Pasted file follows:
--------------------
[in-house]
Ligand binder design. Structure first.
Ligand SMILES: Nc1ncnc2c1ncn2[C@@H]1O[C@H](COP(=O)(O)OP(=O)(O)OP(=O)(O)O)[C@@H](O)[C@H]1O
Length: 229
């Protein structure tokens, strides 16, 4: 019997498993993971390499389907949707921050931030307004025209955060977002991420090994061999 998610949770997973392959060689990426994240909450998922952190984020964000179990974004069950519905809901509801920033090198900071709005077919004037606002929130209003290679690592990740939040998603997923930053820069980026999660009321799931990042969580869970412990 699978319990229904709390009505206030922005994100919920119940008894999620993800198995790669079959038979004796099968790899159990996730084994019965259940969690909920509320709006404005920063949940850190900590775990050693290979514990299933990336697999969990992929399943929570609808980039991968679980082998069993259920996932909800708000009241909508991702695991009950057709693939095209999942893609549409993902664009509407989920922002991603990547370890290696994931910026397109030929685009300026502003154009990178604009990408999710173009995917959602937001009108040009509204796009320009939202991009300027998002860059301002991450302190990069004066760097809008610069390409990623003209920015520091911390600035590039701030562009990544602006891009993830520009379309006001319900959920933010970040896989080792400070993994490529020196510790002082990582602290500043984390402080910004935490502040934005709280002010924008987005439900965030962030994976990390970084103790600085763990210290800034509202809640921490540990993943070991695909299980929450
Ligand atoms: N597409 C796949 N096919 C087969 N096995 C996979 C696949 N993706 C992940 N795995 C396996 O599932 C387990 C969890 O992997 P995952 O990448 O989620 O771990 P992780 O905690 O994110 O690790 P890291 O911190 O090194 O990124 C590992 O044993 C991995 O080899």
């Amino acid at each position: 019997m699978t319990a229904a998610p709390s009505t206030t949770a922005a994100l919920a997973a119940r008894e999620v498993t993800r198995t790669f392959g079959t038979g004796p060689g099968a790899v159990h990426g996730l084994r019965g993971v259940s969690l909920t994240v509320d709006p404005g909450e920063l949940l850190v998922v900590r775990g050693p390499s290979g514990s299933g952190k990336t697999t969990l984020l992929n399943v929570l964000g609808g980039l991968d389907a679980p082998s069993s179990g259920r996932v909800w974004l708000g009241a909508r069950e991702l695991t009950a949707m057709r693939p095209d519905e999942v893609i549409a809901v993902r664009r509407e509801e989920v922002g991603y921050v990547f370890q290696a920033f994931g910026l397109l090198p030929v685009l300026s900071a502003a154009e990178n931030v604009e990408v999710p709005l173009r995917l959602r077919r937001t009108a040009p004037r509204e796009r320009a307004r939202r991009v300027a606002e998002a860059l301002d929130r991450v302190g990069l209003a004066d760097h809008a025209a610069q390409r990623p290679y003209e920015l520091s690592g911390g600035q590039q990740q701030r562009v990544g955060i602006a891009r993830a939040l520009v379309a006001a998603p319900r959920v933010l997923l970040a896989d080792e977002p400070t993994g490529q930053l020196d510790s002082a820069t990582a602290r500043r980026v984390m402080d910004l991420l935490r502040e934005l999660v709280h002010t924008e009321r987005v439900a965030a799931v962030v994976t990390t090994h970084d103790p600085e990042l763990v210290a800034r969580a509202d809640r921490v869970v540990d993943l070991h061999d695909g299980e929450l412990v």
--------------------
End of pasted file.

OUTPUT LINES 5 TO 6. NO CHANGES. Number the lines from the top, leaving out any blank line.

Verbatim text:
């Protein structure tokens, strides 16, 4: 019997498993993971390499389907949707921050931030307004025209955060977002991420090994061999 998610949770997973392959060689990426994240909450998922952190984020964000179990974004069950519905809901509801920033090198900071709005077919004037606002929130209003290679690592990740939040998603997923930053820069980026999660009321799931990042969580869970412990 699978319990229904709390009505206030922005994100919920119940008894999620993800198995790669079959038979004796099968790899159990996730084994019965259940969690909920509320709006404005920063949940850190900590775990050693290979514990299933990336697999969990992929399943929570609808980039991968679980082998069993259920996932909800708000009241909508991702695991009950057709693939095209999942893609549409993902664009509407989920922002991603990547370890290696994931910026397109030929685009300026502003154009990178604009990408999710173009995917959602937001009108040009509204796009320009939202991009300027998002860059301002991450302190990069004066760097809008610069390409990623003209920015520091911390600035590039701030562009990544602006891009993830520009379309006001319900959920933010970040896989080792400070993994490529020196510790002082990582602290500043984390402080910004935490502040934005709280002010924008987005439900965030962030994976990390970084103790600085763990210290800034509202809640921490540990993943070991695909299980929450
Ligand atoms: N597409 C796949 N096919 C087969 N096995 C996979 C696949 N993706 C992940 N795995 C396996 O599932 C387990 C969890 O992997 P995952 O990448 O989620 O771990 P992780 O905690 O994110 O690790 P890291 O911190 O090194 O990124 C590992 O044993 C991995 O080899």